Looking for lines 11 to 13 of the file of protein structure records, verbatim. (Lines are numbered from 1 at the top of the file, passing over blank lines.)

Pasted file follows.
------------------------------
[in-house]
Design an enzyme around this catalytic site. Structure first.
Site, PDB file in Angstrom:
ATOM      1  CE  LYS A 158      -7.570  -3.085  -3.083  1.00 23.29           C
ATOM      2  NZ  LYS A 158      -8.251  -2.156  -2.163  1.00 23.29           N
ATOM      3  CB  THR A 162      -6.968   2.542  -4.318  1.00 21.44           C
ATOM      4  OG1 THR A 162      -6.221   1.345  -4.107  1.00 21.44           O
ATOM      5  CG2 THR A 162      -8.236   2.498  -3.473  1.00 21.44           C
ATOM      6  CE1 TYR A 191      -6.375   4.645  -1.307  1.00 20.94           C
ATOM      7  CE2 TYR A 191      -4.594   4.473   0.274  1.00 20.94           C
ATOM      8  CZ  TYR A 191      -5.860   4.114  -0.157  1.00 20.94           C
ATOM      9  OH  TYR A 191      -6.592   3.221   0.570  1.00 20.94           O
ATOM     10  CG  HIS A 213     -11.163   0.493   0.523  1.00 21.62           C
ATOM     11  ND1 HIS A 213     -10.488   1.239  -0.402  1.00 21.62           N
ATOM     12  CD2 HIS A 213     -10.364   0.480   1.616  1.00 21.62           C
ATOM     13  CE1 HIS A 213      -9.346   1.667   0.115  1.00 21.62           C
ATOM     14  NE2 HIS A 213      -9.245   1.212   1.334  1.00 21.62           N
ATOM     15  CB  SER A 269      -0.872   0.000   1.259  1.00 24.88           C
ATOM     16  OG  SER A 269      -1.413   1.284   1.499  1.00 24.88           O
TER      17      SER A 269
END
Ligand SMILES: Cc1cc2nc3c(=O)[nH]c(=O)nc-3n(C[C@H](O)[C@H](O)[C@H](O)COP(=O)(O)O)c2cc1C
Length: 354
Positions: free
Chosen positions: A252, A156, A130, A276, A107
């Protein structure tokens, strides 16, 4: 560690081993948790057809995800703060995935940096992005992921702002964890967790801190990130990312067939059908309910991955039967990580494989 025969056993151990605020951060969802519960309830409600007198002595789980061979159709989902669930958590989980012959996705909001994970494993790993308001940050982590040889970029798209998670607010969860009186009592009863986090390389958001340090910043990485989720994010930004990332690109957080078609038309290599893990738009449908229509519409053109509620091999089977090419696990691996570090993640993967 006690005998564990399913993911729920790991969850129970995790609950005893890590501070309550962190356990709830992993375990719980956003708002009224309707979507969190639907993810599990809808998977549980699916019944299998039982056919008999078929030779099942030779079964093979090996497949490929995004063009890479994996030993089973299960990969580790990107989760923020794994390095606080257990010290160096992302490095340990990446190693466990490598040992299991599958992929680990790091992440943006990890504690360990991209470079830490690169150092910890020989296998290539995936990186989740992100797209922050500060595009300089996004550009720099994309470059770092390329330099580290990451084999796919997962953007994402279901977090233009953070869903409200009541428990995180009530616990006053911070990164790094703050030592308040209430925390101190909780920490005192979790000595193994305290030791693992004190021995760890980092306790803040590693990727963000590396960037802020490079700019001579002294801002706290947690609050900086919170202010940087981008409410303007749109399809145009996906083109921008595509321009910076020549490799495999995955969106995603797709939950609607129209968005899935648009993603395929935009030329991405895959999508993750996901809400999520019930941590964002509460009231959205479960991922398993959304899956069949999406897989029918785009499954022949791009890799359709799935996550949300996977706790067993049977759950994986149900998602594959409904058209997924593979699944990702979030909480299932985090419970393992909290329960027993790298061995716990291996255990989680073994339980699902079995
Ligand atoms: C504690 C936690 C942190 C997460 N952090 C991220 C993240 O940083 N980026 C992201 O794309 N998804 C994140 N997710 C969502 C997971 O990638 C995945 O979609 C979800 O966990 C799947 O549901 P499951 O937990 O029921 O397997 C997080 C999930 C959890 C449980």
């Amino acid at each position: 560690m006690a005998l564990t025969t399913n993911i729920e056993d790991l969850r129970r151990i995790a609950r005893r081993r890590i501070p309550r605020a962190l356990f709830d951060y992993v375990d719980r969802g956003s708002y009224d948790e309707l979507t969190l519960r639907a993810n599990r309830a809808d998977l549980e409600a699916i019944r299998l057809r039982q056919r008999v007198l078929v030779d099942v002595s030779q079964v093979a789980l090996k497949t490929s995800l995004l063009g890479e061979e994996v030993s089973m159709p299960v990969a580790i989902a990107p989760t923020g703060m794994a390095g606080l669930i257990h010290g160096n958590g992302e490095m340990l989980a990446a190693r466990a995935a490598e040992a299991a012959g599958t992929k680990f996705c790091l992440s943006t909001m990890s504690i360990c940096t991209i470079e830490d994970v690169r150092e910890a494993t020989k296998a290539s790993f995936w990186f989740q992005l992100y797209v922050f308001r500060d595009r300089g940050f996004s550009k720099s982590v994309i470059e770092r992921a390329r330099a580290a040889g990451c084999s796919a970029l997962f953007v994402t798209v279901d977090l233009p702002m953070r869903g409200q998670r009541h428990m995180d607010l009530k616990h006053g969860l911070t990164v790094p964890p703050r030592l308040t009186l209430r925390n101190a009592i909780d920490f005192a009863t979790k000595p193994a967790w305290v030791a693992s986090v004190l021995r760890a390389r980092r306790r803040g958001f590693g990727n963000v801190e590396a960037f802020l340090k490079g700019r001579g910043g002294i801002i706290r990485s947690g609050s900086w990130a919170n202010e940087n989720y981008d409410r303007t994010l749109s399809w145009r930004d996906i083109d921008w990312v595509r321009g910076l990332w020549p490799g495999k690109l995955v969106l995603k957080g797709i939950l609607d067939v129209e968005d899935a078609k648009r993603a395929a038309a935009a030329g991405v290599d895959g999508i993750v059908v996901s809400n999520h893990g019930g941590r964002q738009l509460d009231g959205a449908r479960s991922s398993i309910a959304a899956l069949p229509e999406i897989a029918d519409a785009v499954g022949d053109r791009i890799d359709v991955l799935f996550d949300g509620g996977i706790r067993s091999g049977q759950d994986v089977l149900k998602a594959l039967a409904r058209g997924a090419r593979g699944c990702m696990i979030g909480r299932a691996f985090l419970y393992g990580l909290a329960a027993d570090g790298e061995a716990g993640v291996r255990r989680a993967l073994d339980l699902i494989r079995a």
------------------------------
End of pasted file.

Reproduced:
ATOM      8  CZ  TYR A 191      -5.860   4.114  -0.157  1.00 20.94           C
ATOM      9  OH  TYR A 191      -6.592   3.221   0.570  1.00 20.94           O
ATOM     10  CG  HIS A 213     -11.163   0.493   0.523  1.00 21.62           C